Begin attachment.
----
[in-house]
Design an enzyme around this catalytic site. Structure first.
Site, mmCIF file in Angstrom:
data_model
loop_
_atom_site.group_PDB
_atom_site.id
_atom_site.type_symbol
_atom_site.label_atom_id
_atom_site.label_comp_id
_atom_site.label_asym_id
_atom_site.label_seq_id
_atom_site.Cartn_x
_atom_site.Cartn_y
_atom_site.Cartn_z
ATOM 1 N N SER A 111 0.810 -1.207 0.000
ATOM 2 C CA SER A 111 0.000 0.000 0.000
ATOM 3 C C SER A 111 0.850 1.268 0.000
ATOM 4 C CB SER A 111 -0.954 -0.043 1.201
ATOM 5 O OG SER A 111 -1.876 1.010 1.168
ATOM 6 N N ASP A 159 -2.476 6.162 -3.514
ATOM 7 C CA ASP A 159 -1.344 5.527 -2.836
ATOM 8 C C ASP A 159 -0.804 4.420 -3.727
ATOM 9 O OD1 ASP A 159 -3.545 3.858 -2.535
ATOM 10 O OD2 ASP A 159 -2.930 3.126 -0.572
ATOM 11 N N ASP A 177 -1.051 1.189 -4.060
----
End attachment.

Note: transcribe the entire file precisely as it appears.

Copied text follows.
[in-house]
Design an enzyme around this catalytic site. Structure first.
Site, mmCIF file in Angstrom:
data_model
loop_
_atom_site.group_PDB
_atom_site.id
_atom_site.type_symbol
_atom_site.label_atom_id
_atom_site.label_comp_id
_atom_site.label_asym_id
_atom_site.label_seq_id
_atom_site.Cartn_x
_atom_site.Cartn_y
_atom_site.Cartn_z
ATOM 1 N N SER A 111 0.810 -1.207 0.000
ATOM 2 C CA SER A 111 0.000 0.000 0.000
ATOM 3 C C SER A 111 0.850 1.268 0.000
ATOM 4 C CB SER A 111 -0.954 -0.043 1.201
ATOM 5 O OG SER A 111 -1.876 1.010 1.168
ATOM 6 N N ASP A 159 -2.476 6.162 -3.514
ATOM 7 C CA ASP A 159 -1.344 5.527 -2.836
ATOM 8 C C ASP A 159 -0.804 4.420 -3.727
ATOM 9 O OD1 ASP A 159 -3.545 3.858 -2.535
ATOM 10 O OD2 ASP A 159 -2.930 3.126 -0.572
ATOM 11 N N ASP A 177 -1.051 1.189 -4.060